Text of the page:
Salt Lake Valley Health Department
Bureau of Water Quality and Hazardous Waste
788 East Woodoak Lane (5380 South)
Murray, Utah 84107
Making your own biodiesel from used vegetable oil can be a great way to save on fuel, but steps must be taken to prevent accidentally harming yourself or the environment.
How It Works
Waste vegetable oil (WVO) can be converted to biodiesel in a chemical reaction called transesterication. WVO is filtered, and then titrated with isopropyl alcohol and an indicator to determine how much sodium methoxide (made from methanol and lye) is needed. The chemical reaction breaks the transfatty acids in SVO into glycerine and ester chains. The congealed gylccerine can then be removed to yield biodiesel. Consult with an expert before attempting this process
Protecting the Water Supply
Oil and the chemicals used to make biodiesel are dangerous pollutants and could make the water supply unsafe for drinking and/or aquatic life. Never dispose of these materials in the gutter or storm drain!
You must be permitted by the Salt Lake Valley Health Department (SLVHD) in order to collect, haul, and transport your own oil. You will also need to obtain a permit as a processor to make your own biodiesel. This will ensure that everyone takes the proper precautions to prevent spillage and obtains the proper liability insurance. For more information, please call the SLVHD at 385-468-3862.
Work near a hose, ensure that your workspace is properly ventilated, and wear protective equipment like gloves, an apron, and eye protection.
Making biodiesel involves several dangerous chemicals. Always use protective equipment, store materials properly and prevent children from accidental exposure.
- Waste vegetable oil: Oil is flammable. Store it away from heat sources and in approved or original containers. If you will be storing more than five gallons of flammable liquids, you need to have a 2A10BC-rated fire extinguisher 10-50 feet from your storage area.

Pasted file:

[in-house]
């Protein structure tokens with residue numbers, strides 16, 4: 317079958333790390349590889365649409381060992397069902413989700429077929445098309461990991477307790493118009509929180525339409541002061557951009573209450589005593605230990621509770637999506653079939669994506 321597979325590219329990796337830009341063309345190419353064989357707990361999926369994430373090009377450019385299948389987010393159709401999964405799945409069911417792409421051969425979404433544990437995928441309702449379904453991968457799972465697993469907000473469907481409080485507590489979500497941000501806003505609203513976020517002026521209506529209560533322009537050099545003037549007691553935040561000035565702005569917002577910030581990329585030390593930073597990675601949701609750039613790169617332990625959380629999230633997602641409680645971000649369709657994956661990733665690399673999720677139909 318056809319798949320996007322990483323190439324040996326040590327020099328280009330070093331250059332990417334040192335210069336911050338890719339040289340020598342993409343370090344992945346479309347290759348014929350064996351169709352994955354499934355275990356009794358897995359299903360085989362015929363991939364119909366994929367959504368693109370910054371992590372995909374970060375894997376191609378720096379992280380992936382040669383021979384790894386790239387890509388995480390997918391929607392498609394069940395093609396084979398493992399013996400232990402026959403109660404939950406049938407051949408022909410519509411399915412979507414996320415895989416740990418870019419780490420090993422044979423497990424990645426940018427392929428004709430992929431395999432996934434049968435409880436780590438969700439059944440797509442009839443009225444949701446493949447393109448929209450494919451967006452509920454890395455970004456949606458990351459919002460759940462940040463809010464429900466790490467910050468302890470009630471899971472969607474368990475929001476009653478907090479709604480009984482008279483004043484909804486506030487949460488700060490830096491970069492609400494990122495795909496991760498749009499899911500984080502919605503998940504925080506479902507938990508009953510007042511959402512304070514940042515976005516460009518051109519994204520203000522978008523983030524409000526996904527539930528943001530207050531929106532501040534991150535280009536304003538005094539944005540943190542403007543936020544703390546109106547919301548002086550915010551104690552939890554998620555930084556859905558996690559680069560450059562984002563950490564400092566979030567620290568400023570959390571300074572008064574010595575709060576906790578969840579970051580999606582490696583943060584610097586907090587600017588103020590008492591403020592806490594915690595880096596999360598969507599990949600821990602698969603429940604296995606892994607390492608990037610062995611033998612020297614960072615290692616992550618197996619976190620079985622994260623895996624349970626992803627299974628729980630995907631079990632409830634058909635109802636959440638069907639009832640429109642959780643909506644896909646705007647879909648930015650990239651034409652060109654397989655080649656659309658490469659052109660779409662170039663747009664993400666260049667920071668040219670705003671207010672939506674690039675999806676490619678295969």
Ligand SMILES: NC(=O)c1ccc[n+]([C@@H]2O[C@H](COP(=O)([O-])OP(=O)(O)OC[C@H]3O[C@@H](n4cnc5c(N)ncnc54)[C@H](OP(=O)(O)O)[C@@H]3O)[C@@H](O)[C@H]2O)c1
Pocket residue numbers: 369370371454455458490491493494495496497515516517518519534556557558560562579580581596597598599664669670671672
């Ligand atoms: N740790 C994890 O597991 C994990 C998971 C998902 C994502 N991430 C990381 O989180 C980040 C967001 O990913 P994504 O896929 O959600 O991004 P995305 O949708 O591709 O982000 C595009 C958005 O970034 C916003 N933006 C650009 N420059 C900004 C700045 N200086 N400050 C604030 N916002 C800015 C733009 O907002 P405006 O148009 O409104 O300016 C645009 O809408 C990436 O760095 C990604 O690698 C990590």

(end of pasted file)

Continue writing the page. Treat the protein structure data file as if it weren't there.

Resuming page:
- Isopropyl alcohol: Isopropyl alcohol is flammable and harmful if it is ingested, inhaled, or comes into contact with your skin. Exposure can cause dizziness, drowsiness, nausea, vomiting, headache, gastrointestinal pain, corneal burns, skin effects, unconsciousness, and death.
- Sodium methoxide: This is a powerful reducing agent and it is extremely corrosive. It will cause severe burns if fit comes into contact with the skin or eyes. Ingesting it will lead to burns in the mouth, throat, and stomach. Inhalation of sodium methoxide is very dangerous to the mucous membranes of the respiratory tract; lung edema is possible.
- Methanol: Methanol is highly flammable and a moderate skin and eye irritant. Inhalation of high concentrations of methanol will irritate the mucous membranes and potentially cause drowsiness, confusion, headaches, nausea, nervous system effects, and death. If ingested, even small amounts or low concentrations can cause blindness and death. Because methanol is a clear liquid that could be confused for water, be sure to label the container properly and store it away from children.
- Lye: Also called sodium hydroxide, lye is a corrosive strong base that is very harmful by skin contact, inhalation, or ingestion.